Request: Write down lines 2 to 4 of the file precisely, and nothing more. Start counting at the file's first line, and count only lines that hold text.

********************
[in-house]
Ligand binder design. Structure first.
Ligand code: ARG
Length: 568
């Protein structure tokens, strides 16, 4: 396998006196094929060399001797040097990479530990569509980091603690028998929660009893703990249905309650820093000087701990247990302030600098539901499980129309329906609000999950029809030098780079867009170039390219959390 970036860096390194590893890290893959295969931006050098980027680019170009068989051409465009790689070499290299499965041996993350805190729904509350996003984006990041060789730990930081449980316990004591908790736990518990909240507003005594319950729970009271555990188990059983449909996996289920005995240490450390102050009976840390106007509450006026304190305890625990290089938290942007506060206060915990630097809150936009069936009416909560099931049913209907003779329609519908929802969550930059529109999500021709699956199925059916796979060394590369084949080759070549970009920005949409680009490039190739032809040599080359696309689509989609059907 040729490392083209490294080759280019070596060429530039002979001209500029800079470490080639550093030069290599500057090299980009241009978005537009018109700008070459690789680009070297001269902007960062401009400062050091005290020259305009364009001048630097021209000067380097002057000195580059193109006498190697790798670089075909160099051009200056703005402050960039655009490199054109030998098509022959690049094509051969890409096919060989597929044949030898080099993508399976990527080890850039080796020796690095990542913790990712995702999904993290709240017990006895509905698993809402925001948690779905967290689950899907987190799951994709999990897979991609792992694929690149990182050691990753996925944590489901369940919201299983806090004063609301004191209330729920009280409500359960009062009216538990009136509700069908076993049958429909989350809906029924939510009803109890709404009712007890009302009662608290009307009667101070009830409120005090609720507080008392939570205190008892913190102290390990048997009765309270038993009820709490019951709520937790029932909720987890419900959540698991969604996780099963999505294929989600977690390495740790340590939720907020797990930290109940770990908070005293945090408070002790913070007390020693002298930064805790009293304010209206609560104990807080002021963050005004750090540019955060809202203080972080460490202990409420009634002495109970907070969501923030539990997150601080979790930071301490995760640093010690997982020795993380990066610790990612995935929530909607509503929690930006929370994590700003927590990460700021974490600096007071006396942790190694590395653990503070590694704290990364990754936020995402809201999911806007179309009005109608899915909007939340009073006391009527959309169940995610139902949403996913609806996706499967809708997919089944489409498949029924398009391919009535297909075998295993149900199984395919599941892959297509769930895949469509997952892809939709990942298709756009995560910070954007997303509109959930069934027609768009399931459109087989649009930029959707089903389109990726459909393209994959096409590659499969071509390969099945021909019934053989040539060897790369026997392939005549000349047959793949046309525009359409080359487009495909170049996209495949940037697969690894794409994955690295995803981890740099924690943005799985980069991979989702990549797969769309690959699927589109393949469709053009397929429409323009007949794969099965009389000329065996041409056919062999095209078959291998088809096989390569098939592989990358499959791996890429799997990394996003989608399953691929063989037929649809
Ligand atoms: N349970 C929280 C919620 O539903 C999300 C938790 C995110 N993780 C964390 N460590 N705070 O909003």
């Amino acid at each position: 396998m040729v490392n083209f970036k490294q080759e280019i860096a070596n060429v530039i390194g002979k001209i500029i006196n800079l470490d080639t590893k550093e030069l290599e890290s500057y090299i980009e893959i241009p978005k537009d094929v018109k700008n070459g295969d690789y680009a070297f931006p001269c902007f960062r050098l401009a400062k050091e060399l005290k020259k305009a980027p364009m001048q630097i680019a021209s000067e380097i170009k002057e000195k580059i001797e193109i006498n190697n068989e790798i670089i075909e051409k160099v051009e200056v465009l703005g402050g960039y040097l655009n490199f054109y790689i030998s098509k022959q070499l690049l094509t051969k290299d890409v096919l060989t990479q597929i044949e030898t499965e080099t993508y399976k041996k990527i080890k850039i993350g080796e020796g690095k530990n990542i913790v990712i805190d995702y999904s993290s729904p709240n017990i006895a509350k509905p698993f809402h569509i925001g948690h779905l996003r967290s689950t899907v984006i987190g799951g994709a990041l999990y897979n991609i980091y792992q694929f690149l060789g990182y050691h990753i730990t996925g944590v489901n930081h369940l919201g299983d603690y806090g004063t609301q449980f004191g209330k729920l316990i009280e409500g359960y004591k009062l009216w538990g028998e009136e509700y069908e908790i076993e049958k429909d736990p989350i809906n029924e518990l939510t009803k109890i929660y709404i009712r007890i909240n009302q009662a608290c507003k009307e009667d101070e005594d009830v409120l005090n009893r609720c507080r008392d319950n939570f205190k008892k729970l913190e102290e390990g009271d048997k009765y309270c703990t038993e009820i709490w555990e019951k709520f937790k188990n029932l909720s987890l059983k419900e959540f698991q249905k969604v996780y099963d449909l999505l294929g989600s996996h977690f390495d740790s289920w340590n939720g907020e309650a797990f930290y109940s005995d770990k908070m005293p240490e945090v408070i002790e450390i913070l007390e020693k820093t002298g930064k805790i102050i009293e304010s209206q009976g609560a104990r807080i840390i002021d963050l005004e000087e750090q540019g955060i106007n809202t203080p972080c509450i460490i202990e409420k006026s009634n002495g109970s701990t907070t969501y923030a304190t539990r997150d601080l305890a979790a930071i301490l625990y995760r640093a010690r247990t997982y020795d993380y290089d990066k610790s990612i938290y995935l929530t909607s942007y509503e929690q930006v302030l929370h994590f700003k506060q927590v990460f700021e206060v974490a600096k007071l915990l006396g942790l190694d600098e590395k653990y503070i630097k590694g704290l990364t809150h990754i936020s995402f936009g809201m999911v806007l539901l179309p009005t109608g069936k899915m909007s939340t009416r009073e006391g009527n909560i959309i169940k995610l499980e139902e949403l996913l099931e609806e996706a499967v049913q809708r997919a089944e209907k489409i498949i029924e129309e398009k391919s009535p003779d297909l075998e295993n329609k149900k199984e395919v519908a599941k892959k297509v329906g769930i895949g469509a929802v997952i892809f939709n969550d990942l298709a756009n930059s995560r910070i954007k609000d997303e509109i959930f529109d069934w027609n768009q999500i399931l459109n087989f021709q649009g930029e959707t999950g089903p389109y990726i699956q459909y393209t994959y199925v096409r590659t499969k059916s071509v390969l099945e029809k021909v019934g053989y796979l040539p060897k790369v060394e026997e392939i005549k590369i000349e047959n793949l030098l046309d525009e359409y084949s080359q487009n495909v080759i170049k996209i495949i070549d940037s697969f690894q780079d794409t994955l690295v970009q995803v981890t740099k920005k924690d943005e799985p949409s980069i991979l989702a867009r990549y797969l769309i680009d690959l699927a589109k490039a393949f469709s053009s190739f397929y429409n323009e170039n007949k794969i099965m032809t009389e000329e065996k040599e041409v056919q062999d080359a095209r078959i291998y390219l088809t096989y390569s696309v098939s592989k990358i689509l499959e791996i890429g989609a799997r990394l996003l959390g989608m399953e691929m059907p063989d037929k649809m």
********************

Ligand binder design. Structure first.
Ligand code: ARG
Length: 568